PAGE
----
May 2003
Shade Gardens Gardening Plans My Store Plant Database Newsletter Other Info Discussion

Garden design using shade plants and shade trees   

Gardening Newsletter - May 2003, Issue 9

Wow !  You guys must really like the newsletter !  We've added 452 new subscribers since the last issue, bringing the total number to 2,177.  I'm glad you find the newsletter interesting and useful.  As always, if you have ideas for improvement or articles, please let me know at

Rebecca Green
Horticulturist

HostaNot All Hosta are Created Equal

Some hostas require more light than others.  The less green the foliage, the more light the plant requires.  Some new cultivars that require filtered light or direct morning sun are: ‘White Christmas’, ‘Patriot’, ‘Fire and Ice’, ‘Loyalist’, ‘Masquerade’, ‘Medusa’, ‘Cherry Berry’, ‘Flame Stitch’, and ‘Fairmaiden’.

Use Tropical Houseplants in the Summer Shade Garden

Tropical houseplants set outside for the summer can make a northern garden look like a tropical paradise.  Once the soil is about 60 degrees dig a hole and burry your potted houseplant, pot and all, in the ground.  When night time temperatures have fallen to about 55 degrees dig-up your potted houseplant and bring it back indoors until next spring again.

Not All Trees are Created Equal

When it comes to being able to plant beneath a tree, not all trees are created equal.  We’ve all seen situations where the grass and other plants abruptly stop growing beneath a tree’s canopy.  There are three main causes of this:  Some trees use all the available moisture in the soil, leaving virtually none for under story plants (a "reason" of "water" in the following table). Similarly some trees have greedy roots that use virtually all of the nutrients in the soil ("roots").  The shade beneath some trees is too dense for other plants to grow in ("shade").  Frequently two or more of these conditions may exist.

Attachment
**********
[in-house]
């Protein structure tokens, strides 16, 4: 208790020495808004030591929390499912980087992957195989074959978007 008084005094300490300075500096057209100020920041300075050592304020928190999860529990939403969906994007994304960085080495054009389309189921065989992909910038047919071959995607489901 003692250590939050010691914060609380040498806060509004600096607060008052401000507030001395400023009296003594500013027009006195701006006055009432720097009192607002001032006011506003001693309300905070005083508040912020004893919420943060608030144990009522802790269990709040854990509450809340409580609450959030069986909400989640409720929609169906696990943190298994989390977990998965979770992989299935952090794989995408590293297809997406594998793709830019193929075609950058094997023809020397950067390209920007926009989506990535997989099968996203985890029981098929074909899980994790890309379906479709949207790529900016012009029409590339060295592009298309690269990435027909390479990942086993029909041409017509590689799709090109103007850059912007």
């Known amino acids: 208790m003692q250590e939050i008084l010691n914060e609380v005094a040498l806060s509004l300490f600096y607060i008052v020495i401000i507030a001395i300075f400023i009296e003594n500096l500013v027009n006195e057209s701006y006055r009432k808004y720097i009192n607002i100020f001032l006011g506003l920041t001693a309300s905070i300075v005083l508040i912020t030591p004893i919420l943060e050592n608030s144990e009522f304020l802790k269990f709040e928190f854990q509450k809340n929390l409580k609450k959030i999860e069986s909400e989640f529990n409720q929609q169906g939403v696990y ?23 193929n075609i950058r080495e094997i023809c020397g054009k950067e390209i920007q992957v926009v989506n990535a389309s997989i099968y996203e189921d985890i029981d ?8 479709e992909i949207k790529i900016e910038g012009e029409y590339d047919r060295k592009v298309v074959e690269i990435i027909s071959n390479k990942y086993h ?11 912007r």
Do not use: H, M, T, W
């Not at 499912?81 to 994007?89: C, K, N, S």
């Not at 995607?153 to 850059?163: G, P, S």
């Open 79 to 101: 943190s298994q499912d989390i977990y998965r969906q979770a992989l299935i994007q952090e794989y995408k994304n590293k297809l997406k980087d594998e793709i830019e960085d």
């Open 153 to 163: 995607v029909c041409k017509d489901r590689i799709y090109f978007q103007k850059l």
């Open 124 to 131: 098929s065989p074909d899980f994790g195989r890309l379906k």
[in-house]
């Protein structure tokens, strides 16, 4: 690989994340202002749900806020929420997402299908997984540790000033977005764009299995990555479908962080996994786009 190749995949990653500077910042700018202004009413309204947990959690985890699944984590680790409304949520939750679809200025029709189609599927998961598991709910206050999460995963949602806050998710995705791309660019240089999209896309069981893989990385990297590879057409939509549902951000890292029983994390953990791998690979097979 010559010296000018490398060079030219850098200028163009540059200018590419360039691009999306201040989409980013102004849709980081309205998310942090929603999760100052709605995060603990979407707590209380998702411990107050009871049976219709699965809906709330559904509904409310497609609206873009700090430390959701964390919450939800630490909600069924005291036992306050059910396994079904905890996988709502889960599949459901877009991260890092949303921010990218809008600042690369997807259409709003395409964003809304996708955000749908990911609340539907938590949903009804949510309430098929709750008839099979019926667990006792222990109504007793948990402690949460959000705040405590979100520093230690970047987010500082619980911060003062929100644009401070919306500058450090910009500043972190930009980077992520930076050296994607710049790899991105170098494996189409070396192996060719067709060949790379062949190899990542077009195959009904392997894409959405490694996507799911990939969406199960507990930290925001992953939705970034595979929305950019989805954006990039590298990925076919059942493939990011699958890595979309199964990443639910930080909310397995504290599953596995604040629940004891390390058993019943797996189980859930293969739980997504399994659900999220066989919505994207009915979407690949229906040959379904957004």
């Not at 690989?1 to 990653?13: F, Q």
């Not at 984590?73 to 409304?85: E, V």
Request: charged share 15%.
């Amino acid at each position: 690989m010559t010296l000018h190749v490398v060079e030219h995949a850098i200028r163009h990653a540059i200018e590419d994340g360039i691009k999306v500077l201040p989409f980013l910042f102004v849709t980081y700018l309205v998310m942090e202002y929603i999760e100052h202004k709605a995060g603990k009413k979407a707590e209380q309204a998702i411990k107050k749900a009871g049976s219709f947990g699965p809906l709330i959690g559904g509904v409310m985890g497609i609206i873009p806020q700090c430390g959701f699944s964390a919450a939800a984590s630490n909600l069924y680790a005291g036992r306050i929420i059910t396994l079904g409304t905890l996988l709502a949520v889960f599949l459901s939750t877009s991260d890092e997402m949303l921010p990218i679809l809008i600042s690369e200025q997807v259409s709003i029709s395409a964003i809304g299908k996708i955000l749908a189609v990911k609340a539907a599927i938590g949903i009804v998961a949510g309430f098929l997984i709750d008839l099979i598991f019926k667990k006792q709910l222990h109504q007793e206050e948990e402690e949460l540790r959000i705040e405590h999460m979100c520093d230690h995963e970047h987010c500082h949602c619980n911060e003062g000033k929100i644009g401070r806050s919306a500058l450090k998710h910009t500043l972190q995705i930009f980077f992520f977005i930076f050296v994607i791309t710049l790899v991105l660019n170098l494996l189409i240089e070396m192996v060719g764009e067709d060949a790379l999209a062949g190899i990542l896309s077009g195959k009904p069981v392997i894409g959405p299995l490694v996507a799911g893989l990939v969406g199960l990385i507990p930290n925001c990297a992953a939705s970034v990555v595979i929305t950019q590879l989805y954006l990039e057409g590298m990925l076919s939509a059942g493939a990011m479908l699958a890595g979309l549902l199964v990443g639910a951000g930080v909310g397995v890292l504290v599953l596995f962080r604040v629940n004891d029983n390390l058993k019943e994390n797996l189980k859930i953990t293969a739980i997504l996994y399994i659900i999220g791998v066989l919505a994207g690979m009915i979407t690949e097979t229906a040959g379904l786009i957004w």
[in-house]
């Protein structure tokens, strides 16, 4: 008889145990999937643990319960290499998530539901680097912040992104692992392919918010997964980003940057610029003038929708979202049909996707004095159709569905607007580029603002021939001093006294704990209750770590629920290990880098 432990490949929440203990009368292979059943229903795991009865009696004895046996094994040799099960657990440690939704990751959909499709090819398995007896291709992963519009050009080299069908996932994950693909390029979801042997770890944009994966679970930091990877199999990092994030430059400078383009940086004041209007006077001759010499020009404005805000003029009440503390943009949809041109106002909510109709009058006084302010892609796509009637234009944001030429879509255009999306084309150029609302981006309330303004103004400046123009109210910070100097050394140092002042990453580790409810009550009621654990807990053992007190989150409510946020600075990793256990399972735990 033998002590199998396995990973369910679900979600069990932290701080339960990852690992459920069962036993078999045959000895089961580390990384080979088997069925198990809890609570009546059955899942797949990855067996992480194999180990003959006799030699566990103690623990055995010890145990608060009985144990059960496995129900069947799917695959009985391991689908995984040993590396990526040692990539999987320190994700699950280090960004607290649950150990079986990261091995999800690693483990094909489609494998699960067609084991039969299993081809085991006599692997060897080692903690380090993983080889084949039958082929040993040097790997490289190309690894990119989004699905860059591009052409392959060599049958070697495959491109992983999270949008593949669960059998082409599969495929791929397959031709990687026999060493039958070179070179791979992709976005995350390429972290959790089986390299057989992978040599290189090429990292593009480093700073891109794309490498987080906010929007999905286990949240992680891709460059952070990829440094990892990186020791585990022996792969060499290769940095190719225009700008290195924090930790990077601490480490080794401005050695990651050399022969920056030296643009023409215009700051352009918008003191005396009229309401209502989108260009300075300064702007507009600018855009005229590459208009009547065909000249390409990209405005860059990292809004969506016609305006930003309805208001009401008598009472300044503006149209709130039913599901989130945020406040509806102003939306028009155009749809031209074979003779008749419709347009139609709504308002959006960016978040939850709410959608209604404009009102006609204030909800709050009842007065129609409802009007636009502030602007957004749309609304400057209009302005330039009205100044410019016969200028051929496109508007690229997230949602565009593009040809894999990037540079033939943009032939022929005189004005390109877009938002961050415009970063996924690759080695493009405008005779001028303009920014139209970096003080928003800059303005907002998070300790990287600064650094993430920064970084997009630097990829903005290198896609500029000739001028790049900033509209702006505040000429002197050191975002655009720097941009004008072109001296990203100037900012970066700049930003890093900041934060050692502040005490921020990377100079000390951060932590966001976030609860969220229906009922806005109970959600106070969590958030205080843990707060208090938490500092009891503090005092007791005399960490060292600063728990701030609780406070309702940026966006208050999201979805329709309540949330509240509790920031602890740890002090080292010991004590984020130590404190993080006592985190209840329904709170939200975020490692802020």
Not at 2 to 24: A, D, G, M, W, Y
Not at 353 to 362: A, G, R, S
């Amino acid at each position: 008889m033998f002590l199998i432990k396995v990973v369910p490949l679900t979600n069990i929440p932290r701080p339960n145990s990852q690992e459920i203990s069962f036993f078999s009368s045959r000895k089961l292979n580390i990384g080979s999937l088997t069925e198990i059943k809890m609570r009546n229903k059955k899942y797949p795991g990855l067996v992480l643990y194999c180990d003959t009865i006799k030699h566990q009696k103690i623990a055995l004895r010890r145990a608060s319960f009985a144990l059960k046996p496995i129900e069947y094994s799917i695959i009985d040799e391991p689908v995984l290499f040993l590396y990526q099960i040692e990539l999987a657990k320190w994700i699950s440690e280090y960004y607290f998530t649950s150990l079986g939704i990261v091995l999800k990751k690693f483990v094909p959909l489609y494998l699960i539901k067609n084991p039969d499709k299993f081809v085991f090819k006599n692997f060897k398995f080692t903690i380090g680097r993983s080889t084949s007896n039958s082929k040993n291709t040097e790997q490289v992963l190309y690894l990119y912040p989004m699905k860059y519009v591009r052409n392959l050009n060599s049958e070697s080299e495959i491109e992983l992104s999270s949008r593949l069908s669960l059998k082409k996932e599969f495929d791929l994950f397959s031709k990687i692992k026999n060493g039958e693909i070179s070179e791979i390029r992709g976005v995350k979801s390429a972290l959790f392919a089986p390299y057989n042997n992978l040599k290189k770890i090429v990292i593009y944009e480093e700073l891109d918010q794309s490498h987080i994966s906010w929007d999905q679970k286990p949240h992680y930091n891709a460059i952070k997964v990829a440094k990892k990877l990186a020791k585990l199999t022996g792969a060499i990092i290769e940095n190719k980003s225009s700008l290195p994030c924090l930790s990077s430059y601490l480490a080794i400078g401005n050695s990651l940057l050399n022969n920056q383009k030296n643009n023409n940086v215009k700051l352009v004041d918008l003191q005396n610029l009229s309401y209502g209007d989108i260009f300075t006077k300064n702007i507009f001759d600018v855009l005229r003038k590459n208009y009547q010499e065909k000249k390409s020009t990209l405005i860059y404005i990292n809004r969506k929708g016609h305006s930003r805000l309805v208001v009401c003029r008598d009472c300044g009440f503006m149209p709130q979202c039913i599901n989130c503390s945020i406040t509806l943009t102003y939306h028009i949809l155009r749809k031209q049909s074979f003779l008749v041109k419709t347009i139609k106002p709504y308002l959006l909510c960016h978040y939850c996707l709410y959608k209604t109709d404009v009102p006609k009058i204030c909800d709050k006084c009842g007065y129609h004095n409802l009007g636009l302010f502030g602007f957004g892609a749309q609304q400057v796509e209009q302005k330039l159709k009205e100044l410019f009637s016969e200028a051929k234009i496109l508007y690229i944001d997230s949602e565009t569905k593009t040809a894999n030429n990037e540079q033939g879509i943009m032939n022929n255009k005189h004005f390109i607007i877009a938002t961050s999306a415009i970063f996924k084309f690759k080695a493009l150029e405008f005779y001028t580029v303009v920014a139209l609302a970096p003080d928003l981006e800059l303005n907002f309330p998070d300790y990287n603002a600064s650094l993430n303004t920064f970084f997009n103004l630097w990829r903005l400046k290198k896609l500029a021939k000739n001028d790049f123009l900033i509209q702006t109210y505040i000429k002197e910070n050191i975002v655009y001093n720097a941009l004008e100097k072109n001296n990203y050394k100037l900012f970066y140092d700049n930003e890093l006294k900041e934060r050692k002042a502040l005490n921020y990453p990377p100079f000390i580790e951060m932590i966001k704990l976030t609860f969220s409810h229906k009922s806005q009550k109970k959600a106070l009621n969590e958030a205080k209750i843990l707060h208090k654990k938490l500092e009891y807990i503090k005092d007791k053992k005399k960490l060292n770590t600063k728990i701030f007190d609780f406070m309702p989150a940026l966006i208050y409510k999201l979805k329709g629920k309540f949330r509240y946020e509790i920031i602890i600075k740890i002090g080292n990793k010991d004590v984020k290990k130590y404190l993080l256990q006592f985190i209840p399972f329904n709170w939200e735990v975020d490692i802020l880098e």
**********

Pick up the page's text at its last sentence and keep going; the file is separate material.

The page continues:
The following is a list of trees that you cannot plant beneath and the reason(s) why:

Botanical Name

Common Name

Reason

Abies species

fir

shade

Acer platanoides

Norway maple

roots, shade, water

Acer saccharum

Sugar maple

roots, shade, water

Acer saccharinum

silver maple

roots, water

Cercidiphylium japonicum

Katsura

roots, water

Fagus species

Beech

roots, shade, water

Magnolia species

Magnolia

roots, shade, water

Picea species

spruce

shade

Pinus species

pine

roots, shade

Platanus X acerifolia

London planetree

roots, water

Platanus occidentalis

Eastern sycamore

roots, water

Tsuga species

hemlock

roots, shade

Salix species

willow

roots, water

If you have one of these trees you essentially have two options: put mulch beneath the tree and enjoy the tree as it is or, put potted plants beneath the tree.  If you are thinking about planting a tree for shade keep in mind that you will not be able to grow other plants beneath these trees.

The following is a list of trees that provide shade and you can plant beneath:

Botanical Name

Common Name

Betula papyifera

paper birch

Betula pendula

European white birch

Ginkgo biloba

ginkgo

Gleditsia tricantos

honeylocust

Liriodendron tulipifera

tulip tree

Liquidamber styraciflua

sweetgum

Nyssa sylvatica*

black tulepo

Phellodendron amurense

amur cork tree

Quercus coccinea*

scarlet oak

Quercus palustris

pin oak

Quercus rubra

red oak

Quercus velutina

black oak

Ulmus Americana

American elm

Ulmus parviflora

Chinese elm

Zelkova serrata

Japanese zelkova

Sophora japonica

Japanese pagoda tree

* doesn’t transplant well

The following trees are deciduous ornamental trees that may be planted in the shade of larger trees and can be planted beneath:

Botanical Name

Common Name

Acer griseum

Paperbark maple

Acer palmatum

Japanese maple

Amelanchier canadensis

serviceberry

Amelanchier laevis

Alleghany shadbow

Betula populifolia

gray birch

Cercis canadensis

Eastern redbud

Cornus florida

Flowering dogwood

Cornus kousa

Kousa dogwood

Cornus mas

Cornelian dogwood

Magnolia virginiana

Sweet bay magnolia

Oxydendron arboretum

sourwood

That's all for now. If you have any comments or questions on the newsletter, please email us at

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